hradzka: (han)
Lucasfilm's lawyers are doubtless readying the letters now, so while you have the chance you should amuse yourself at Star Wars Crawl Dot Com. Make your own custom Star Wars crawl! Amuse your friends! Fun at parties!

For the record, mine is here.

(650 character limit on the crawl, alas, or I'd have elaborated.)
hradzka: (han)
Several people on my flist are posting pictures that make them happy. This seems like an eminently wise use of LJ to me.

Here are two pictures that make me smile. )
hradzka: Cassidy, from Garth Ennis's PREACHER. (Default)
I've been poking around in STAR WARS fanfic lately. Call me old-fashioned, but I'm all about the Original Trilogy, and being mainly a gen kind of guy, the gen stuff is mostly what I go for.

Here's a link to one of the best pieces of genfic I've read in *ages.* It's sweet, funny, touching, and delightful, and -- best of all -- it makes you feel for Darth Vader at the same time it keeps him absolutely convincing and terrifying. The story is ophelia's "The Sith Who Brought Life Day," and it's about an Imperial officer who, as a result of a drunken bet on a hand of sabacc, winds up in a precarious position: he has to give someone a Life Day gift. He gets to choose either the person, or the gift. The officer elects to choose the gift, on the grounds that he can pick something small and inoffensive and avoid getting into trouble.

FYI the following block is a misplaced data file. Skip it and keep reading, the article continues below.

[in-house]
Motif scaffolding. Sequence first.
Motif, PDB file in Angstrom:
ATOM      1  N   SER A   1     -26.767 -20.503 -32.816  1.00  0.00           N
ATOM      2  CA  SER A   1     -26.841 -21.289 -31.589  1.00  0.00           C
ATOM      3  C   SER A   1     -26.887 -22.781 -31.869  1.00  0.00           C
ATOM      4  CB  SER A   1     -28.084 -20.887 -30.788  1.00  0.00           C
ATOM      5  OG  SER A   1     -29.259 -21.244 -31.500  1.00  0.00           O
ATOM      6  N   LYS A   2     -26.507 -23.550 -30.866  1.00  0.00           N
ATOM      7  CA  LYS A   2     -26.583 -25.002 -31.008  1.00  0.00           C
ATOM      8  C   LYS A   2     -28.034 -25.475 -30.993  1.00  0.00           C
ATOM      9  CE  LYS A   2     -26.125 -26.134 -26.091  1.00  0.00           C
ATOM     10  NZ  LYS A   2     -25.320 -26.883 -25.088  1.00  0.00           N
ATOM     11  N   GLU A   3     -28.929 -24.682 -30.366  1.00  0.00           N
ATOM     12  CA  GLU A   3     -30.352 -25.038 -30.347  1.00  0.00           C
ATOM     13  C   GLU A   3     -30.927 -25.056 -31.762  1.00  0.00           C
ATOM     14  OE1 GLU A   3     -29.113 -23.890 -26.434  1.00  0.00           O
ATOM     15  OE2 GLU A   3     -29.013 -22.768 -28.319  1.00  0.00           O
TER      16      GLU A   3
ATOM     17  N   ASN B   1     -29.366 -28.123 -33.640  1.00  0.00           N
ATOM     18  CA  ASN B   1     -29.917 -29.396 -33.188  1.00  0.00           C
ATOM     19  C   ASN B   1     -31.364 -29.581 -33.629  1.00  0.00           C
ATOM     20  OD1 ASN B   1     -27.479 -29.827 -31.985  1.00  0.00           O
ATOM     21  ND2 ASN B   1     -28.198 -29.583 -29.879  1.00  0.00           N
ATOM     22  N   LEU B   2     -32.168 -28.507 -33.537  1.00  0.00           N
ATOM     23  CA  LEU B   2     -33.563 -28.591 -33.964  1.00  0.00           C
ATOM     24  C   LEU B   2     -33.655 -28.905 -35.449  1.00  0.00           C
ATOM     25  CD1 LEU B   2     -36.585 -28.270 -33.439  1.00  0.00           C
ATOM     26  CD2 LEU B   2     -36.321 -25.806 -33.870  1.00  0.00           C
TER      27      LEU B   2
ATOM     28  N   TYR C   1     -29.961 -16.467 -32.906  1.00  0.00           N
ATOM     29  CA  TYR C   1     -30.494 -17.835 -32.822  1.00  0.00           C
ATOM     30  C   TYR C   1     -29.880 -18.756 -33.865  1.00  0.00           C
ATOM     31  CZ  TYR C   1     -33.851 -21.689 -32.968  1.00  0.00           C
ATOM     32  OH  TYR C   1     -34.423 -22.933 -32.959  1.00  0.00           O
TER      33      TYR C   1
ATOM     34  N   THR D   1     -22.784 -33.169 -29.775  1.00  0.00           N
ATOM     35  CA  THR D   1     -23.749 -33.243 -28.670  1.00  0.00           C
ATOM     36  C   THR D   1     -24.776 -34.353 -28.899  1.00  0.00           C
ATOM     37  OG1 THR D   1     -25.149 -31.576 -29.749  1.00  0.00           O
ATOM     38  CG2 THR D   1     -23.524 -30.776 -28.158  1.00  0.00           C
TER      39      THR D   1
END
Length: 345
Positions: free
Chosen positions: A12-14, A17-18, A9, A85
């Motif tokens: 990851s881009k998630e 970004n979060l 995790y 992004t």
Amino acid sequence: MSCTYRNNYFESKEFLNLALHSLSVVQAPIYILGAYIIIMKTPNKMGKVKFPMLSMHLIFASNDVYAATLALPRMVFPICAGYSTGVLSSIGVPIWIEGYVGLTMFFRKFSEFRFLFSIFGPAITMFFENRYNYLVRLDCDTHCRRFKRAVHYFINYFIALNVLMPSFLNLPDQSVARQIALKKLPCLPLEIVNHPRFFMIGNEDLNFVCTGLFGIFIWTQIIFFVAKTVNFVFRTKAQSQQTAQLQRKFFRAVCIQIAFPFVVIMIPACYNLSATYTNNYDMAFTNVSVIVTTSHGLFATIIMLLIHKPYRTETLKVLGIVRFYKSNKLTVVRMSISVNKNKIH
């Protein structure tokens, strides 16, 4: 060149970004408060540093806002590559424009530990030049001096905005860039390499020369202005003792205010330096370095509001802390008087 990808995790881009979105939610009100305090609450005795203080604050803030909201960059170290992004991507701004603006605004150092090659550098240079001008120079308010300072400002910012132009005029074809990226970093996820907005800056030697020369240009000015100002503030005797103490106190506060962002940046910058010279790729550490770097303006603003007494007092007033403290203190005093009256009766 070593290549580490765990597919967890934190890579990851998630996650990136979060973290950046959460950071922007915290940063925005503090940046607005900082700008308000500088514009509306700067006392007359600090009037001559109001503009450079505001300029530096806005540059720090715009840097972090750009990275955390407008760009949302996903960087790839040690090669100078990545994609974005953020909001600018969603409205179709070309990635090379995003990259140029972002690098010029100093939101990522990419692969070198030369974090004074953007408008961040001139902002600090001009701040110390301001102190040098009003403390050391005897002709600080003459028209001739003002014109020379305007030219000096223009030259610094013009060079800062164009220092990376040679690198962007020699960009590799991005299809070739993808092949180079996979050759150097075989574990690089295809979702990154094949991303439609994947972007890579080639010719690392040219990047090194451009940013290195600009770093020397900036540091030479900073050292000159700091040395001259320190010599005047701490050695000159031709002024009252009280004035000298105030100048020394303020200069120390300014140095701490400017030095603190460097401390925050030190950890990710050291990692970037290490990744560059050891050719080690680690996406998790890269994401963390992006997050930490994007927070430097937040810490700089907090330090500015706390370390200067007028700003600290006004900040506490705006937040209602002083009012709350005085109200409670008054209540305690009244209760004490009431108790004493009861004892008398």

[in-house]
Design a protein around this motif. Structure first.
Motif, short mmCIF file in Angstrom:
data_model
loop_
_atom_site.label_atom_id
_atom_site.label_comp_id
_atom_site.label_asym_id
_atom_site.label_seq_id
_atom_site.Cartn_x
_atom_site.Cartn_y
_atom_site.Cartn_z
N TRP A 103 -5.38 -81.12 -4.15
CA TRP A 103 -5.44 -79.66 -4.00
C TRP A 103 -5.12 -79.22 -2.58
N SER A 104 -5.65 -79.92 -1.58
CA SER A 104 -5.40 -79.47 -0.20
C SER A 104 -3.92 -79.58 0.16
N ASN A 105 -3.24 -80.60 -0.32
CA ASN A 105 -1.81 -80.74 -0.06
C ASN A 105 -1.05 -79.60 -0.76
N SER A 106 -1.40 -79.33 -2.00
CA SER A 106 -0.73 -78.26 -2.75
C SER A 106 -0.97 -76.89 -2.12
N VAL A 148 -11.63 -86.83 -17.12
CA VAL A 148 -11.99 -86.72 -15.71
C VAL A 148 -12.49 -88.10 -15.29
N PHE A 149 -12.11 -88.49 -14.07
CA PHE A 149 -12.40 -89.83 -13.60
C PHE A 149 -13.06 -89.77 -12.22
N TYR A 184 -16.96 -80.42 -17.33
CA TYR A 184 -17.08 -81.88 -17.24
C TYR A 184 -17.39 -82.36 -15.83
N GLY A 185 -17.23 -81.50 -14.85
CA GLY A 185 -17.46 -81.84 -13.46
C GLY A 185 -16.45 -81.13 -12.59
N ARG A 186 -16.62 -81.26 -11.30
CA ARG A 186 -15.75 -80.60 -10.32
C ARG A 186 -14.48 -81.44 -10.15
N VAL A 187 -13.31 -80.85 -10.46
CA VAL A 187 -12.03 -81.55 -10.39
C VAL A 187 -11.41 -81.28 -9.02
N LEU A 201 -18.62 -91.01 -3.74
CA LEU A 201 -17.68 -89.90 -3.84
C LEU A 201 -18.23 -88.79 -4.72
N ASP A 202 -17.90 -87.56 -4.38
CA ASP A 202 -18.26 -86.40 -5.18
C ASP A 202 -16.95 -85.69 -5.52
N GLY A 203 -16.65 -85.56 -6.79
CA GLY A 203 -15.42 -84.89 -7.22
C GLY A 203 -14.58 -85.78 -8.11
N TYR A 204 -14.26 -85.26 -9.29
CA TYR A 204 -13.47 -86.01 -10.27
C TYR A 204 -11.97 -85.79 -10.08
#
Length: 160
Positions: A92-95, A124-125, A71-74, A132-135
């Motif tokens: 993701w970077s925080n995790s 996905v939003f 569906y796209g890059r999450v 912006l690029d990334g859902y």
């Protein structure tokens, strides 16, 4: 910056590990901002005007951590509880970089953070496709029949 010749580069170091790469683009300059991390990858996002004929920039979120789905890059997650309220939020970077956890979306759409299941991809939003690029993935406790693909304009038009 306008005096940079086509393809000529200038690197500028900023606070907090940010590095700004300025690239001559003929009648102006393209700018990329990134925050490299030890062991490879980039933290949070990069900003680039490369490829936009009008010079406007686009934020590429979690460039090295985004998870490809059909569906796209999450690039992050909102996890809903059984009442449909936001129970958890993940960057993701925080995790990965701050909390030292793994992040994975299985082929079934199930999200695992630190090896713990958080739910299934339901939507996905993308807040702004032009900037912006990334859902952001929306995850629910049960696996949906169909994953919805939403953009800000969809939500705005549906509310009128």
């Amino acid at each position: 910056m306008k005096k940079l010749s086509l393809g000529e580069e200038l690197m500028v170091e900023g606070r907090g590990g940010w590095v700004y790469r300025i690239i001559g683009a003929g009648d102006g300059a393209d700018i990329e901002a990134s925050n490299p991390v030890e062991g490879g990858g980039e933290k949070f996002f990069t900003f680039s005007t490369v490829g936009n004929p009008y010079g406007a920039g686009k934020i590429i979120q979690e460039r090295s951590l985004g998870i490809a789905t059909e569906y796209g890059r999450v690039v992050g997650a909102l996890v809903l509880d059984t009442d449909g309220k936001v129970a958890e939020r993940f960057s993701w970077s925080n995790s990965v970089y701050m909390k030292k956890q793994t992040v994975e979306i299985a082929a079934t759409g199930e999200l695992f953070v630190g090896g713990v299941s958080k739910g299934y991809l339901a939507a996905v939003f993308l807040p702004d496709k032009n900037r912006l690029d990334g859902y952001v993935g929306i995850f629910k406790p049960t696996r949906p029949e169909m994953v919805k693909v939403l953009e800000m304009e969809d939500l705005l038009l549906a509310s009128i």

That's when his buddy tells him he's shopping for Lord Vader.

I won't spoil it for you; just go read it.
hradzka: (pointy teeth)
So the last couple of nights I've amused myself by reading some old-school STAR WARS fanfic, mainly reprinted from zines. A lot of it is pretty dang good. The oldest stories are especially interesting, when you compare them to the way fanfic operates now. For one thing, there's a heck of a lot less porn. That's not to say that familiar fanfic tropes often used today for porn don't show up: for example, there's an abundance of prisoner!fic, but rather than being an excuse for porn, captivity is almost an end in itself. (Often because it gives the heroes time in which to bond.) Much more emphasis on the emotional over the physical, though the latter does show up every so often.